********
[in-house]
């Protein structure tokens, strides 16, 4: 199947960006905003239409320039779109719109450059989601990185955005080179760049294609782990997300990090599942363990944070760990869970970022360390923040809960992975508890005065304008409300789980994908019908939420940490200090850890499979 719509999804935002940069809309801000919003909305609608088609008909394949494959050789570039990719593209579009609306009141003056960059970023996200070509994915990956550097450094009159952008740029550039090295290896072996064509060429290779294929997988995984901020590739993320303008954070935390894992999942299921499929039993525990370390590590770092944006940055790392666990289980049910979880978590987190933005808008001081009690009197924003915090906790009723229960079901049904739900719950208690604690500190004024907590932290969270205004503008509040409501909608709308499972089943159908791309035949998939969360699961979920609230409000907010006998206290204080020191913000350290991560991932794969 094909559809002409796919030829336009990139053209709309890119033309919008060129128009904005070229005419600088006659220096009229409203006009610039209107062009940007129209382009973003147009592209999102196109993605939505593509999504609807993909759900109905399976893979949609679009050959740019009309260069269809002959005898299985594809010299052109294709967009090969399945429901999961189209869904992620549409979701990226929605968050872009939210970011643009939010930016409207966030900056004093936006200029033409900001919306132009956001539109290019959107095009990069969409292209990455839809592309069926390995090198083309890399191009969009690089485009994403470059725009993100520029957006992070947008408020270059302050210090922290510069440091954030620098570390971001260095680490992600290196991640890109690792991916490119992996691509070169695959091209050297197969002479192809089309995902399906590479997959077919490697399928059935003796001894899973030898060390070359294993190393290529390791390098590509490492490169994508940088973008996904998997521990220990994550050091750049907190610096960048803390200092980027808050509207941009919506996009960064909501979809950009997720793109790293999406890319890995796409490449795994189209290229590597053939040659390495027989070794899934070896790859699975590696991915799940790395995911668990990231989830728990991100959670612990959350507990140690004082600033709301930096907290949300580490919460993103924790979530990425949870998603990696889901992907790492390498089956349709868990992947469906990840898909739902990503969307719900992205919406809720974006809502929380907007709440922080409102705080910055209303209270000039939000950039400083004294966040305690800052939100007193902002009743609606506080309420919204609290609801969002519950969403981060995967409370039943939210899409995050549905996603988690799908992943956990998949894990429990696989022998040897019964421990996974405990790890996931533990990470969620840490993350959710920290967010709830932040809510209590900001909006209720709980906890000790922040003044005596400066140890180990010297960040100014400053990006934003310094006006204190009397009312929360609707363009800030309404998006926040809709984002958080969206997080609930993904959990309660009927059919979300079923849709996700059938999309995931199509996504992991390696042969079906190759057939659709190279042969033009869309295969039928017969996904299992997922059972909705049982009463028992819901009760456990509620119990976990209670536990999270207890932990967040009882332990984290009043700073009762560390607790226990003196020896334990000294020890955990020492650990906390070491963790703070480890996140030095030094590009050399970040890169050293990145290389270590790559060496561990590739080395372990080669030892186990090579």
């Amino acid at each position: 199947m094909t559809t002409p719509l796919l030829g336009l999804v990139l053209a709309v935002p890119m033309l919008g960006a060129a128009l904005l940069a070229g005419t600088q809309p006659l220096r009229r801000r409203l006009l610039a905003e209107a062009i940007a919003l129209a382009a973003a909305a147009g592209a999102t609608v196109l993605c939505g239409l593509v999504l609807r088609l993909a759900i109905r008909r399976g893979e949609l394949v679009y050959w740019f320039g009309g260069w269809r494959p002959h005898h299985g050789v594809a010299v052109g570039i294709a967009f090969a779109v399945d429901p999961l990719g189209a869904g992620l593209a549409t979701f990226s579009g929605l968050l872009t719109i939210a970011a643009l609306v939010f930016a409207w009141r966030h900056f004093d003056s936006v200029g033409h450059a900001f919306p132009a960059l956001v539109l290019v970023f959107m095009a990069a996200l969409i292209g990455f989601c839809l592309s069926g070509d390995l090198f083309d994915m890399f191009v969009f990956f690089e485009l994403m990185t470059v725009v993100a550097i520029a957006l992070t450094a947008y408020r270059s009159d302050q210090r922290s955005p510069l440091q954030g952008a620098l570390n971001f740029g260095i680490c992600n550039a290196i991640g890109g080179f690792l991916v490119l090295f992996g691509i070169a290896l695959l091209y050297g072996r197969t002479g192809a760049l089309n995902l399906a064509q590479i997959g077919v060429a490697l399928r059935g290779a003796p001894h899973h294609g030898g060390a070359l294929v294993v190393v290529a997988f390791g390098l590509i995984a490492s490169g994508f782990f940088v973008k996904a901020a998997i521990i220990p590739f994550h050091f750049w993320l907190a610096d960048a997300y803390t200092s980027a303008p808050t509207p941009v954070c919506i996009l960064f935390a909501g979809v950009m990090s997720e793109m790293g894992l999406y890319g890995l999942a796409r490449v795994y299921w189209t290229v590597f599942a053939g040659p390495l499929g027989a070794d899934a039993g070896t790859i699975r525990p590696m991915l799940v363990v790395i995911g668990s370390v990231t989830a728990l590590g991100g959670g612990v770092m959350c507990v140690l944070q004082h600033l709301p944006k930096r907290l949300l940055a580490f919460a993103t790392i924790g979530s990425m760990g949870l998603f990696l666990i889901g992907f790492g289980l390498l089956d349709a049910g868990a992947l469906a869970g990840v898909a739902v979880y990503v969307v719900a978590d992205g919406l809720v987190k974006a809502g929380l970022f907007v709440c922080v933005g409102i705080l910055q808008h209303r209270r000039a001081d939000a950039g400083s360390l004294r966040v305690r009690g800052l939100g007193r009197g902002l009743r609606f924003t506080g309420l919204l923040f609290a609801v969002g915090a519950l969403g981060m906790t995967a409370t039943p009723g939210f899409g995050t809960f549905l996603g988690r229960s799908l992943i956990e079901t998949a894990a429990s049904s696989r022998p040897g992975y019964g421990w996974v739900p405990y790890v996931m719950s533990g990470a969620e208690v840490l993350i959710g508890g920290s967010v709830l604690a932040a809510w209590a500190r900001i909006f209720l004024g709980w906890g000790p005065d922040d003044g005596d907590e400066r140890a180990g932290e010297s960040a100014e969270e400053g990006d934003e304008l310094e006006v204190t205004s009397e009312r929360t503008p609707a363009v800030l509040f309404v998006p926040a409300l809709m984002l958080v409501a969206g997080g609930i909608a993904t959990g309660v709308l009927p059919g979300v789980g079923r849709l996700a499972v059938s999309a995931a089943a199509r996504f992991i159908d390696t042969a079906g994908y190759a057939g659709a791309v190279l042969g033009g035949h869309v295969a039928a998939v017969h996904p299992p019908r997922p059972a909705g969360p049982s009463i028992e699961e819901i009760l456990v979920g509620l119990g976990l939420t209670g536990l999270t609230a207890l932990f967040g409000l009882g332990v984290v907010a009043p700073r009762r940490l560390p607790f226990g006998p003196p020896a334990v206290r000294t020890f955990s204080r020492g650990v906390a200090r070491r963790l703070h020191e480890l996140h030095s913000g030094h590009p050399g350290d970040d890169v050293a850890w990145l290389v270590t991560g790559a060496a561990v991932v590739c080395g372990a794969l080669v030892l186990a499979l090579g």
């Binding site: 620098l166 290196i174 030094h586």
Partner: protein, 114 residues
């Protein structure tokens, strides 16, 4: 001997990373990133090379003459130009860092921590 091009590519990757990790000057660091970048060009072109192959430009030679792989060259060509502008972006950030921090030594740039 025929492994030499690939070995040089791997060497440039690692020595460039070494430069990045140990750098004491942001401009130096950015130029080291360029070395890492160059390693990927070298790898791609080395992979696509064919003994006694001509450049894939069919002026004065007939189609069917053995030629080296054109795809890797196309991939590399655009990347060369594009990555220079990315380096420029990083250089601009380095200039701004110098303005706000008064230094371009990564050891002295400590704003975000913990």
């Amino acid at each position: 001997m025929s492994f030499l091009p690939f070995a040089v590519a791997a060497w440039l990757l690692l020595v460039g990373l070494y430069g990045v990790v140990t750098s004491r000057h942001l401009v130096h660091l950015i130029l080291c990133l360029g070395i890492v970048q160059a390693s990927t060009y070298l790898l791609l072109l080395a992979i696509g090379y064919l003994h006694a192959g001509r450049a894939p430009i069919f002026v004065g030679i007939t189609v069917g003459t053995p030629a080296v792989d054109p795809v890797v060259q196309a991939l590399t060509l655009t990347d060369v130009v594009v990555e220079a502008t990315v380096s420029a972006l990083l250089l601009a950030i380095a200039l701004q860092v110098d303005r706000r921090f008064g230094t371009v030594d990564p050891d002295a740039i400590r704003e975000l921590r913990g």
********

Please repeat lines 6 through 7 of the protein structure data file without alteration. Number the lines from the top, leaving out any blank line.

């Protein structure tokens, strides 16, 4: 001997990373990133090379003459130009860092921590 091009590519990757990790000057660091970048060009072109192959430009030679792989060259060509502008972006950030921090030594740039 025929492994030499690939070995040089791997060497440039690692020595460039070494430069990045140990750098004491942001401009130096950015130029080291360029070395890492160059390693990927070298790898791609080395992979696509064919003994006694001509450049894939069919002026004065007939189609069917053995030629080296054109795809890797196309991939590399655009990347060369594009990555220079990315380096420029990083250089601009380095200039701004110098303005706000008064230094371009990564050891002295400590704003975000913990």
């Amino acid at each position: 001997m025929s492994f030499l091009p690939f070995a040089v590519a791997a060497w440039l990757l690692l020595v460039g990373l070494y430069g990045v990790v140990t750098s004491r000057h942001l401009v130096h660091l950015i130029l080291c990133l360029g070395i890492v970048q160059a390693s990927t060009y070298l790898l791609l072109l080395a992979i696509g090379y064919l003994h006694a192959g001509r450049a894939p430009i069919f002026v004065g030679i007939t189609v069917g003459t053995p030629a080296v792989d054109p795809v890797v060259q196309a991939l590399t060509l655009t990347d060369v130009v594009v990555e220079a502008t990315v380096s420029a972006l990083l250089l601009a950030i380095a200039l701004q860092v110098d303005r706000r921090f008064g230094t371009v030594d990564p050891d002295a740039i400590r704003e975000l921590r913990g």